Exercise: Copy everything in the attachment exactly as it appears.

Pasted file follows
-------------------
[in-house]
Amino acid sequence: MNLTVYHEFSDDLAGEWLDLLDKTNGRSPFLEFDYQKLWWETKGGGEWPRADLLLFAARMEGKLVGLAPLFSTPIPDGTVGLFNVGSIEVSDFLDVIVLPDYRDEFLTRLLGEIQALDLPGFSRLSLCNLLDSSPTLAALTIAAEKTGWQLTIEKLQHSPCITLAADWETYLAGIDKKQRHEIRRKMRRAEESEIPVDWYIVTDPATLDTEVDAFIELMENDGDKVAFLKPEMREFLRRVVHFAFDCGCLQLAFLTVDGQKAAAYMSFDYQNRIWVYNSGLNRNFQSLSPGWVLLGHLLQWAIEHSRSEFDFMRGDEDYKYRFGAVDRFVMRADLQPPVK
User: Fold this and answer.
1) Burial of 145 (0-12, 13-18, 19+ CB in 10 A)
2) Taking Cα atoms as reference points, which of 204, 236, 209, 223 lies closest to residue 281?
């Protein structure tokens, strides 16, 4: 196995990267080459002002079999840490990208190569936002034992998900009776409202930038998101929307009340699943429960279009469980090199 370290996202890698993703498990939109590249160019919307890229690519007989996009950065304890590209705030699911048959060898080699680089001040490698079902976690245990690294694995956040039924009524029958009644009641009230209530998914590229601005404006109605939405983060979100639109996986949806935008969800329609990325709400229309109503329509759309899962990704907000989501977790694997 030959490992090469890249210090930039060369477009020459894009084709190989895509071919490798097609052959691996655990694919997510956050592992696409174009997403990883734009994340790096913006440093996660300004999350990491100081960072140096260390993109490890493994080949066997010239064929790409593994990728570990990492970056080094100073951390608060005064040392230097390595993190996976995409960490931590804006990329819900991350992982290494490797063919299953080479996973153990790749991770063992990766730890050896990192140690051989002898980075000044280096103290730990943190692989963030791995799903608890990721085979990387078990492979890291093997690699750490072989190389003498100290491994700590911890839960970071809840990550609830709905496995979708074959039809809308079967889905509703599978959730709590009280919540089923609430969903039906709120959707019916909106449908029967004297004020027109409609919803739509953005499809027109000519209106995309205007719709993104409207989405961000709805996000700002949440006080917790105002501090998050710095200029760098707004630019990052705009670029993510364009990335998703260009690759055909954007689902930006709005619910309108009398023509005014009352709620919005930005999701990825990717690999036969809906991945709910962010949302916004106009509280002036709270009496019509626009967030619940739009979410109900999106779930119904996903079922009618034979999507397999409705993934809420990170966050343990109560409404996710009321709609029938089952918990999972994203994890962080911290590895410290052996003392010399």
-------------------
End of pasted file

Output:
[in-house]
Amino acid sequence: MNLTVYHEFSDDLAGEWLDLLDKTNGRSPFLEFDYQKLWWETKGGGEWPRADLLLFAARMEGKLVGLAPLFSTPIPDGTVGLFNVGSIEVSDFLDVIVLPDYRDEFLTRLLGEIQALDLPGFSRLSLCNLLDSSPTLAALTIAAEKTGWQLTIEKLQHSPCITLAADWETYLAGIDKKQRHEIRRKMRRAEESEIPVDWYIVTDPATLDTEVDAFIELMENDGDKVAFLKPEMREFLRRVVHFAFDCGCLQLAFLTVDGQKAAAYMSFDYQNRIWVYNSGLNRNFQSLSPGWVLLGHLLQWAIEHSRSEFDFMRGDEDYKYRFGAVDRFVMRADLQPPVK
User: Fold this and answer.
1) Burial of 145 (0-12, 13-18, 19+ CB in 10 A)
2) Taking Cα atoms as reference points, which of 204, 236, 209, 223 lies closest to residue 281?
């Protein structure tokens, strides 16, 4: 196995990267080459002002079999840490990208190569936002034992998900009776409202930038998101929307009340699943429960279009469980090199 370290996202890698993703498990939109590249160019919307890229690519007989996009950065304890590209705030699911048959060898080699680089001040490698079902976690245990690294694995956040039924009524029958009644009641009230209530998914590229601005404006109605939405983060979100639109996986949806935008969800329609990325709400229309109503329509759309899962990704907000989501977790694997 030959490992090469890249210090930039060369477009020459894009084709190989895509071919490798097609052959691996655990694919997510956050592992696409174009997403990883734009994340790096913006440093996660300004999350990491100081960072140096260390993109490890493994080949066997010239064929790409593994990728570990990492970056080094100073951390608060005064040392230097390595993190996976995409960490931590804006990329819900991350992982290494490797063919299953080479996973153990790749991770063992990766730890050896990192140690051989002898980075000044280096103290730990943190692989963030791995799903608890990721085979990387078990492979890291093997690699750490072989190389003498100290491994700590911890839960970071809840990550609830709905496995979708074959039809809308079967889905509703599978959730709590009280919540089923609430969903039906709120959707019916909106449908029967004297004020027109409609919803739509953005499809027109000519209106995309205007719709993104409207989405961000709805996000700002949440006080917790105002501090998050710095200029760098707004630019990052705009670029993510364009990335998703260009690759055909954007689902930006709005619910309108009398023509005014009352709620919005930005999701990825990717690999036969809906991945709910962010949302916004106009509280002036709270009496019509626009967030619940739009979410109900999106779930119904996903079922009618034979999507397999409705993934809420990170966050343990109560409404996710009321709609029938089952918990999972994203994890962080911290590895410290052996003392010399």